Thursday, 26 September 2019

September days

All the lambs are sold now bar a few stragglers who will go later in the autumn.  The place looks quite empty without them.

We managed to have a last picnic down by the Boathouse earlier in the month.  It was warm and very still, and the sunset was magical.

Still lots of greenery in the Keder.  I have harvested masses of tomatoes, which I 'sun-dried' using a low oven, and put in olive oil.  They are delicious and I suspect won't last long! 

We have had some rain recently.  (possibly an understatement!)  Farmer said there was 3 inches over one weekend, and this makes keeping the track in as good as a condition as we want it to be in, quite hard.  You fill the potholes, and no sooner than it has rained that hard again, and the potholes are back.   It is quite a back breaking job as you can imagine. 

We had an invasion of caterpillars.  Coco sat patiently while I photographed them.   They are Buff-tip moth caterpillars, and will overwinter in the undergrowth under the Hazel and Birch trees they have almost stripped bare!  We will definitely be looking out for lots of moths next year.

Allsorts of weather.  Allsorts of seas.  

And sunsets. 

In the middle of the month we took off to the other end of the country, taking Daughter down to the art school of her choice.  We had a bit of an Indian summer down there too, which was lovely.  We came home to this beautiful sunset on Tuesday!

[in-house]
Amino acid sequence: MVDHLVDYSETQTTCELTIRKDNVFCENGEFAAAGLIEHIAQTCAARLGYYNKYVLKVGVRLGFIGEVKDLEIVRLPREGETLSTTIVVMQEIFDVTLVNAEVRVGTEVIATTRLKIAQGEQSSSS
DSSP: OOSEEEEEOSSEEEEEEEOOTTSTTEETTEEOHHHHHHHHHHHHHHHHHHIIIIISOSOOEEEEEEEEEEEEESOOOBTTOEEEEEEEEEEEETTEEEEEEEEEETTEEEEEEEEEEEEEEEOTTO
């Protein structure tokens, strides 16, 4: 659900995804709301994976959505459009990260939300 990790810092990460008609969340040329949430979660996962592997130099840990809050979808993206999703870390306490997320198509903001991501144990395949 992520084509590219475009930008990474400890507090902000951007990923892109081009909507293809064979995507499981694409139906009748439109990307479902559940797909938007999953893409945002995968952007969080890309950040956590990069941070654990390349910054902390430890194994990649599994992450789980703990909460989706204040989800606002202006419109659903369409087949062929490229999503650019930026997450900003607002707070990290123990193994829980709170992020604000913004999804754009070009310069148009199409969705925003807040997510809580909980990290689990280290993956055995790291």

Jamie's cows are enjoying the mild autumn days.  They are doing a good job of munching down the Black Park and the Haunn field.

Seed collecting for Kew Gardens... Mull Native Woodlands Group are collecting seed for a project at Kew Gardens to create a tree and shrub tree seed bank.   A determined group of collectors came over yesterday afternoon and we endeavoured to collect Hazel, Alder and Honeysuckle.  There are strict guidelines as to how to go about this and how to record what you collect and where you collect it from.  

We had A, the MNWG chair, keeping us right.   We found a good amount of Honeysuckle, though a lot of seed had already been taken by birds, or fallen off in the wind, or dried up.    We didn't find as many Hazel nuts as we had hoped, but presume the wind will have played a part in scattering them far and wide.  Kew don't want seed that has fallen on the ground, but when we found nuts on the ground we kept them separate to use for the MNWG tree nursery. 

Tuesday, 3 September 2019

White Ramping-fumitory

This is White Ramping-fumitory.  The only records of this wild flower on Mull are here at Treshnish.

Prasad has nurtured and protected the tender plants since he first recorded it in May 2014. I think it is perfectly safe now!   Seen here growing rampantly where it has self-seeded - safely away from sheep and rabbits - in our veg garden.

The Aurora season has started.  Farmer alerted me to a bright sky on Saturday night, and I set the camera up.  Unfortunately there was a lot of cloud on the horizon so we didn't get the amazing activity they photographed on Orkney and Shetland.  But as the days get shorter, it was good to feel the night skies were active again, and of course overhead the stars were wonderful!

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